A decentralized approach to encourage the voluntary adoption of household stormwater management practices is increasingly needed to mitigate urban runoff and to comply with more stringent water quality regulations. We analyze the household response to a hypothetical rebate program to incentivize rain garden adoption using household survey data from the Baltimore-Washington corridor. We asked respondents whether the household would adopt a rain garden without a rebate or when offered a randomly assigned rebate. An interval-data model is used to estimate household demand on the willingness to pay (WTP) for a rain garden as a function of demographic factors, gardening activities, environmental attitudes, and other household characteristics. Estimation results indicate that mean WTP for a rain garden in our sample population is approximately $6.72 per square foot, corresponding to almost three-fourths of the installation cost. The expected adoption rate more than tripled when comparing no rebate versus a government rebate set at one-third of the installation cost, indicating that economic incentives matter. There is substantial heterogeneity in the WTP among households. Higher levels of WTP are estimated for households with higher environmental concern for the Chesapeake Bay and local streams, garden experience, higher income, and non-senior citizen adults. We conclude that a cost-share rebate approach is likely to significantly affect household adoption decisions, and the partial contributions paid by households can assist with lowering the substantial compliance costs for local governments to meet water quality requirements.

  5. Development of plotting position for the general extreme value distribution

    Science.gov (United States)

    Kim, Sooyoung; Shin, Hongjoon; Joo, Kyoungwon; Heo, Jun-Haeng

    2012-12-01

    SummaryProbability plotting positions are used to graphically display the annual maximum rainfall or flood and to estimate the exceedance probabilities of those values. Therefore, the graphical approach using plotting positions has been applied in many hydrology and water resource engineering fields. The definition of unbiased plotting positions by Cunnane (1978) as the mean of the order statistics from reduced variates has influenced researchers to develop the plotting position of the probability distribution containing shape parameters. In this study, the plotting position formula for the general extreme value (GEV) distribution was derived by using the theoretical reduced variates of the GEV distribution for various sample sizes and shape parameters. To choose an appropriate plotting position formula, we examined eight plotting position formula types containing coefficients of skewness or squared coefficients of skewness in the numerator and/or denominator. In addition, the parameters of the plotting position formula for the GEV distribution were estimated by using a genetic optimization method known as the real-coded genetic algorithm (RGA). The accuracy of the derived plotting position formula for the GEV distribution was examined on the basis of the root mean square errors and relative bias between the theoretical reduced variates and those calculated from the derived and existing plotting position formulas. The derived plotting formula was found to be useful if the range of the shape parameter was within ±0.2.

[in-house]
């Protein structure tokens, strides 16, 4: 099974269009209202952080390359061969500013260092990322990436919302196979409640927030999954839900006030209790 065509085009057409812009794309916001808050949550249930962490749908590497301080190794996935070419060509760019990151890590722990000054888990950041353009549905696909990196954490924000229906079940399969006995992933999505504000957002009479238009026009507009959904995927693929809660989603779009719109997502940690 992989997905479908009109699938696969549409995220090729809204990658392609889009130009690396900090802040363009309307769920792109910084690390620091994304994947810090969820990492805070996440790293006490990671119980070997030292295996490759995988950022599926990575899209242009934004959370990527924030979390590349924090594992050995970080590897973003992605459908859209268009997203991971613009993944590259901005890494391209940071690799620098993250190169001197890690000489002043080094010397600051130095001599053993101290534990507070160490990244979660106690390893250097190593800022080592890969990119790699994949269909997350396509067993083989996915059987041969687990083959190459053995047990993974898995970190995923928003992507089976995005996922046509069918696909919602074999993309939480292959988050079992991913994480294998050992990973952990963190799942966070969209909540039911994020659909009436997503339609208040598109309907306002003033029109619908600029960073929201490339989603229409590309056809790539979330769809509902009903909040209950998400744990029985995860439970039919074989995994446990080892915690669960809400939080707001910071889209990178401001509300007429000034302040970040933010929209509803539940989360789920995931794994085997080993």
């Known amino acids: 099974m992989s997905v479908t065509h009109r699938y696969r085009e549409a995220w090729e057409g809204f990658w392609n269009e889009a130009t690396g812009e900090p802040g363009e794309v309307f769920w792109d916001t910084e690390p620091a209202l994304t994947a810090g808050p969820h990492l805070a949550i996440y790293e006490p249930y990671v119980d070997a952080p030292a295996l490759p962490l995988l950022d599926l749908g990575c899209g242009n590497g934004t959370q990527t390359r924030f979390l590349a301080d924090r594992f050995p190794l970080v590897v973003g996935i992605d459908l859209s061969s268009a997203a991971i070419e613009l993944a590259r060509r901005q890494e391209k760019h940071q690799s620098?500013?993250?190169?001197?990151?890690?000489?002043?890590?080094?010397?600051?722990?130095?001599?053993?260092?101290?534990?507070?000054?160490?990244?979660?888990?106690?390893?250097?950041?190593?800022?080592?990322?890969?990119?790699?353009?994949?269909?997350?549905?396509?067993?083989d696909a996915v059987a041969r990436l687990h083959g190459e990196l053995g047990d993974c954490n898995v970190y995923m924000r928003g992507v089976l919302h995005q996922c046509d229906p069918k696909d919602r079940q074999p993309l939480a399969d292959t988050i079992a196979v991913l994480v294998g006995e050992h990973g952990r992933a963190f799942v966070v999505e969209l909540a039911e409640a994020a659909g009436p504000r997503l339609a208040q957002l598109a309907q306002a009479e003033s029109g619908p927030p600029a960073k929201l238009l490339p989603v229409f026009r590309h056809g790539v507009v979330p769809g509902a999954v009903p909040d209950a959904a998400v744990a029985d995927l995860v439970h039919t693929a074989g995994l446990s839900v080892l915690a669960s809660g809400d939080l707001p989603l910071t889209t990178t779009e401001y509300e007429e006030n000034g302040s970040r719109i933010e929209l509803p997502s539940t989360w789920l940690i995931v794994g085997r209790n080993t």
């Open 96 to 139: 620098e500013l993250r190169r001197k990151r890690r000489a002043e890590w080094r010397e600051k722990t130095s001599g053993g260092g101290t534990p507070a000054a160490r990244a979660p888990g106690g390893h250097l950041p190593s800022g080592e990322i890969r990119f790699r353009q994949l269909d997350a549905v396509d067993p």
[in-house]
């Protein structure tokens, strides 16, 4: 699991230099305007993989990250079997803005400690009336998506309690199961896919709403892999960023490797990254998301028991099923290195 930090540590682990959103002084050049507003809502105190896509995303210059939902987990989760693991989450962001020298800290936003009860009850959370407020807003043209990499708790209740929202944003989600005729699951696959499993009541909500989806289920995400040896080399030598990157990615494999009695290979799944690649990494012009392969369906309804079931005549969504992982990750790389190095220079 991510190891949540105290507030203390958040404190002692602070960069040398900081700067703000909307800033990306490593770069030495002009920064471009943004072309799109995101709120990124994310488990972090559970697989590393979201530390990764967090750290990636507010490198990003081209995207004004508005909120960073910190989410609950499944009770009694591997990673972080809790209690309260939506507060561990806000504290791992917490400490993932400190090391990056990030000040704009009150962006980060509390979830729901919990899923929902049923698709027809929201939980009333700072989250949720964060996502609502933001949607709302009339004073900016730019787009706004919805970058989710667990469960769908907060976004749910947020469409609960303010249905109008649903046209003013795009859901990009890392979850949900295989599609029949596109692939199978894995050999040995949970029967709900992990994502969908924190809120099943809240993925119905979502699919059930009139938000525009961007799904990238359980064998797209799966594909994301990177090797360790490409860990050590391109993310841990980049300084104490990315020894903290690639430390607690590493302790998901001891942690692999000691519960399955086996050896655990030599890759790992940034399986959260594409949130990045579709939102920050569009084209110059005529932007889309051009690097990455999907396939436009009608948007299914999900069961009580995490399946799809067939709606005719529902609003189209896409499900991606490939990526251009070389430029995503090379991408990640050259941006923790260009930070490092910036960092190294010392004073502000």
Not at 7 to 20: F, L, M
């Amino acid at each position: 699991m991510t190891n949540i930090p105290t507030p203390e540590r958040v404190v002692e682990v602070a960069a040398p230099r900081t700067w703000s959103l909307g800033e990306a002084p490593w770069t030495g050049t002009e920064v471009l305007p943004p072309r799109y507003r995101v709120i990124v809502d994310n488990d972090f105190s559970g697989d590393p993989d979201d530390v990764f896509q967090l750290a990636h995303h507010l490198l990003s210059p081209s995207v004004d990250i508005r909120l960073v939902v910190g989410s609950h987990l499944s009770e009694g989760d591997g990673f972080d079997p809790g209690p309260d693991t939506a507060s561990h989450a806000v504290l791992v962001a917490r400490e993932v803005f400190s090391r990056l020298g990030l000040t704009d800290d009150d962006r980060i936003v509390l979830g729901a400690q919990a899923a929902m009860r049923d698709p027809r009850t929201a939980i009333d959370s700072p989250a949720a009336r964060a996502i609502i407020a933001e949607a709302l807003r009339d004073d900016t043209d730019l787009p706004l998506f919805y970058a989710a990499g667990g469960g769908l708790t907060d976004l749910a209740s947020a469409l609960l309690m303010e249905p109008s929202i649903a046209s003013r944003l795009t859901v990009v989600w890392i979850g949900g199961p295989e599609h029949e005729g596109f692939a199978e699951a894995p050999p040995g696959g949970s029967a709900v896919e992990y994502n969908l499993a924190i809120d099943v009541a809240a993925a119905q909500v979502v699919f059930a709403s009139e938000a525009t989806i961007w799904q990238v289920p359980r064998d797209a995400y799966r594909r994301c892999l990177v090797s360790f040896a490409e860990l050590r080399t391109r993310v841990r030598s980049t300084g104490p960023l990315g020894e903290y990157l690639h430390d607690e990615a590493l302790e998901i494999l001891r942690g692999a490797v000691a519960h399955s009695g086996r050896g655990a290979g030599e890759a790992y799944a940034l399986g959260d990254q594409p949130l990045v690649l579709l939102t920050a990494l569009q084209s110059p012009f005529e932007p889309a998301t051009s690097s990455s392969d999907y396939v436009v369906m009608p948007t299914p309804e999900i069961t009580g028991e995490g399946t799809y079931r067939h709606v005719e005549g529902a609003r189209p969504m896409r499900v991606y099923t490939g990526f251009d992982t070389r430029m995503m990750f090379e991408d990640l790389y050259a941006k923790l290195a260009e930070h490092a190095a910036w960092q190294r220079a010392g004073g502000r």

6. COMMUNITY GARDENS AND FOOD SECURITY IN RURAL LIVELIHOOD DEVELOPMENT: THE CASE OF ENTREPRENEURIAL AND MARKET GARDENS IN MBERENGWA, ZIMBABWE

    OpenAIRE

    Bernard Chazovachii; Cephas Mutami; John Bowora

    2013-01-01

    This paper seeks to assess the contribution of community gardens on food security in rural livelihoods development in Mberengwa ward 27. Despite the introduction of community gardens in ward 27, poverty persisted amongst the vulnerable groups in the district. Both qualitative and quantitative methods were used in collection of data through questionnaires, interviews and focused group discussions (FGDs). Analysis was done using descriptive statistics and content analysis. This study revealed t...

  7. iCanPlot: visual exploration of high-throughput omics data using interactive Canvas plotting.

    Directory of Open Access Journals (Sweden)

    Amit U Sinha

    Full Text Available Increasing use of high throughput genomic scale assays requires effective visualization and analysis techniques to facilitate data interpretation. Moreover, existing tools often require programming skills, which discourages bench scientists from examining their own data. We have created iCanPlot, a compelling platform for visual data exploration based on the latest technologies. Using the recently adopted HTML5 Canvas element, we have developed a highly interactive tool to visualize tabular data and identify interesting patterns in an intuitive fashion without the need of any specialized computing skills. A module for geneset overlap analysis has been implemented on the Google App Engine platform: when the user selects a region of interest in the plot, the genes in the region are analyzed on the fly. The visualization and analysis are amalgamated for a seamless experience. Further, users can easily upload their data for analysis--which also makes it simple to share the analysis with collaborators. We illustrate the power of iCanPlot by showing an example of how it can be used to interpret histone modifications in the context of gene expression.